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Jazz Bass Lessons: Electric Bass: Etude for 4th & 5th Position Using Triads, Scales & 4th Note Chords

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[MUSIC]
Here's an etude in the highest
register of the four string bass.
Part of the reason I
wanted to do something for
you like this is to also illustrate the
fact that once we get to the 12th fret,
the whole pattern of
the fret board starts over.
12 fret is just like the open E.
Here we're an octave higher and
then we begin.
The 13th is just like the first fret,
and so forth.
So I'm gonna place you up in here and
it might be uncomfortable at first to you.
But it's actually a beautiful
singing register for the bass.
So I wrote this little
etude that has arpeggios,
some melodies,
some little sequences where you'll hear.
At the end there's some diminished
sequences where you'll hear something and
then it'll be repeated a half step up,
the same sort of sequence of intervals.
It's like a little etude
that you would have,
that I experienced when I was
studying double bass classically.
There were a lot of etudes that
would take you through sounds and
put you in a position on the instrument
where you had to really get comfortable
being in that area.
So let's try this together.
This is Etude for
Fourth and Fifth Position,
using triad scales and
four note chords, arpeggios.
And notice where I finger things for
tone, and for expression.
And I'm adding little pull offs,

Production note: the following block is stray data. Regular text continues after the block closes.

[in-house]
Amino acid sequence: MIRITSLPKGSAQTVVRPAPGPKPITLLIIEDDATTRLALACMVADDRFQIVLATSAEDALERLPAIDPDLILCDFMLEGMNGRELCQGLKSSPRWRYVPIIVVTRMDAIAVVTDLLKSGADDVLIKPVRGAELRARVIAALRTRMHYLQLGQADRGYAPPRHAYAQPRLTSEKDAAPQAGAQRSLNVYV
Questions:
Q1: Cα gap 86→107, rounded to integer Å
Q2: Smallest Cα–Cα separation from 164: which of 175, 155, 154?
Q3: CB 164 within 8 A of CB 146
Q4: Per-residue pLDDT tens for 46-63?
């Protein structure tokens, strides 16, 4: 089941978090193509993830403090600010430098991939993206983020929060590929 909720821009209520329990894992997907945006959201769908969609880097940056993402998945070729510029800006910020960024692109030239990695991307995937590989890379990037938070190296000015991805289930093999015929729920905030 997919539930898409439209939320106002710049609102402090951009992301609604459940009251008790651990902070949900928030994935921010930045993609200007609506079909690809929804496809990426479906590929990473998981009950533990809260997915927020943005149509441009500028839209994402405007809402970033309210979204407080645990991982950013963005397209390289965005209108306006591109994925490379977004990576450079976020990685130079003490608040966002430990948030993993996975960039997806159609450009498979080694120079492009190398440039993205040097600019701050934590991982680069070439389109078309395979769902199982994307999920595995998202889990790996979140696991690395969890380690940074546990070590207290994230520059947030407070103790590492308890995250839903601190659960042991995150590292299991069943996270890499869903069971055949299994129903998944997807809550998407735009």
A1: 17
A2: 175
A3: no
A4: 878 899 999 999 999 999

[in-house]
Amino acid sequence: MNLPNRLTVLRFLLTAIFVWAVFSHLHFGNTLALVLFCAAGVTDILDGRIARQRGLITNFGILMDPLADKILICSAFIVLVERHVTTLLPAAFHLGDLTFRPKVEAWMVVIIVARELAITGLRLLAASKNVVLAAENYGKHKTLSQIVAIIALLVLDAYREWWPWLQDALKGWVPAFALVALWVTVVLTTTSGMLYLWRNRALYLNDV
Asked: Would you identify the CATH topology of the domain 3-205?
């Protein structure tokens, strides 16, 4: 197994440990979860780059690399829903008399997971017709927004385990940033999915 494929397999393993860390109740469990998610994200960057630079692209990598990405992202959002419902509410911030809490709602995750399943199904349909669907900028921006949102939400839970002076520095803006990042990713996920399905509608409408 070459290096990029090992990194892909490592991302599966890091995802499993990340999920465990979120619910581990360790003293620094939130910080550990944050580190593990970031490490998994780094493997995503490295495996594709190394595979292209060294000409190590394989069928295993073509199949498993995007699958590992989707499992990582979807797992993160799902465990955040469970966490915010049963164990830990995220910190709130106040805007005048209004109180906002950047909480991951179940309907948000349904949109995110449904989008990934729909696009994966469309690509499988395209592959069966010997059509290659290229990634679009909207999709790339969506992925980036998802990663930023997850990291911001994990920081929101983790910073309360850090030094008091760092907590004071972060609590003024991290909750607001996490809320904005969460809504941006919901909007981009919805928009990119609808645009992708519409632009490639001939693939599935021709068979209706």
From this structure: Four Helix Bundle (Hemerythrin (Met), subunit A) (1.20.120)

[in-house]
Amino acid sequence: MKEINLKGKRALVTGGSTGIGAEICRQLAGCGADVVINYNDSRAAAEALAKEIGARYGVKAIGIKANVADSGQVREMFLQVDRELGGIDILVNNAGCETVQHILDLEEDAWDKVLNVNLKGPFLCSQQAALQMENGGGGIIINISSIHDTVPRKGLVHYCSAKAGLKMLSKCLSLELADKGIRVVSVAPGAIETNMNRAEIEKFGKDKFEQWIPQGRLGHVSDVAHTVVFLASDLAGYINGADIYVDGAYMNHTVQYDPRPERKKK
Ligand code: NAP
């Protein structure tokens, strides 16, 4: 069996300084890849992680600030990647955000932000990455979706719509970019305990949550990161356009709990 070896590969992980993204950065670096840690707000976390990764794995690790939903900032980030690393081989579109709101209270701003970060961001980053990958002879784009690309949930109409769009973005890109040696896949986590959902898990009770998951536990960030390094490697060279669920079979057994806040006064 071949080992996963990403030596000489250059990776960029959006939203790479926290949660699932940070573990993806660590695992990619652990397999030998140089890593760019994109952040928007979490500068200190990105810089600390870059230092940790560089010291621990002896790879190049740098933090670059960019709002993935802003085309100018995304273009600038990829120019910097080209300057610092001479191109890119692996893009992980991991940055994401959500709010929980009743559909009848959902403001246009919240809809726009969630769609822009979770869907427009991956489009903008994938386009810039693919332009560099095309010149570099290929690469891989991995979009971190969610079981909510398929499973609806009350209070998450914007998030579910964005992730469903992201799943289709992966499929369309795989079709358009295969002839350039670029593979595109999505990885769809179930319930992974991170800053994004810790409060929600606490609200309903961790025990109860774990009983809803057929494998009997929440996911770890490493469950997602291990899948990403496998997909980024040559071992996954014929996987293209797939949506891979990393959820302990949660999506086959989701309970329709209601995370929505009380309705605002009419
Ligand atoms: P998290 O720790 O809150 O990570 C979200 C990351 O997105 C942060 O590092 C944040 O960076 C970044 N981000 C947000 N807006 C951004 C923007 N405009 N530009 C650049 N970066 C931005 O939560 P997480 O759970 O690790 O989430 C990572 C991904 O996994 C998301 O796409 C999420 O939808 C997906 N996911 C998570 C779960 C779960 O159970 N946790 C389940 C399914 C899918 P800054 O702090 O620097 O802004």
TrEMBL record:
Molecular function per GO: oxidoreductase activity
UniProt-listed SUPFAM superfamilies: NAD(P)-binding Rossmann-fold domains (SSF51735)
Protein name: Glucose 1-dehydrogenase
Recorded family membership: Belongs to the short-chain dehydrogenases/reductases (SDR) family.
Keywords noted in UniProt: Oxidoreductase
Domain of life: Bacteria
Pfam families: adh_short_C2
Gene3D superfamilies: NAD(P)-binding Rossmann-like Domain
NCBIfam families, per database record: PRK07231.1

and hammers.
And I'd like you to try those too.
[MUSIC]
Now the
A section
repeats.
Let's see if we can do
something a little different.
[MUSIC]
Notice
how I
added
some
notes
at
the
bottom.
I went down an octave on the C and
you can do the same.
But there's a 8va marking
on a lot of this stuff.
That means an octave higher.
So I wrote the pitches down for
you and then put 8va cuz it's so
high and I didn't want you to have to
read those incredible ledger lines.
I made you do it a little
bit in the A section.
But then I gave you
a break in the B section.
That's what that 8va means.
Those notes are all an octave higher.
But notice that I did this
in the style of the etudes,
like when I was studying classical music
there's a little bit of rubato involved.
There's a pulse, but
the music is supposed to sing and breathe.
This is important for you.
You're gonna do a lot of things on
this site with a metronome, and
with the play along, and
very strict adherence to a strict pulse.
But it's also good to have
that foundational pulse and
then be able to sing and
float a little bit over it as well.
So, I hope you enjoy that.
[MUSIC]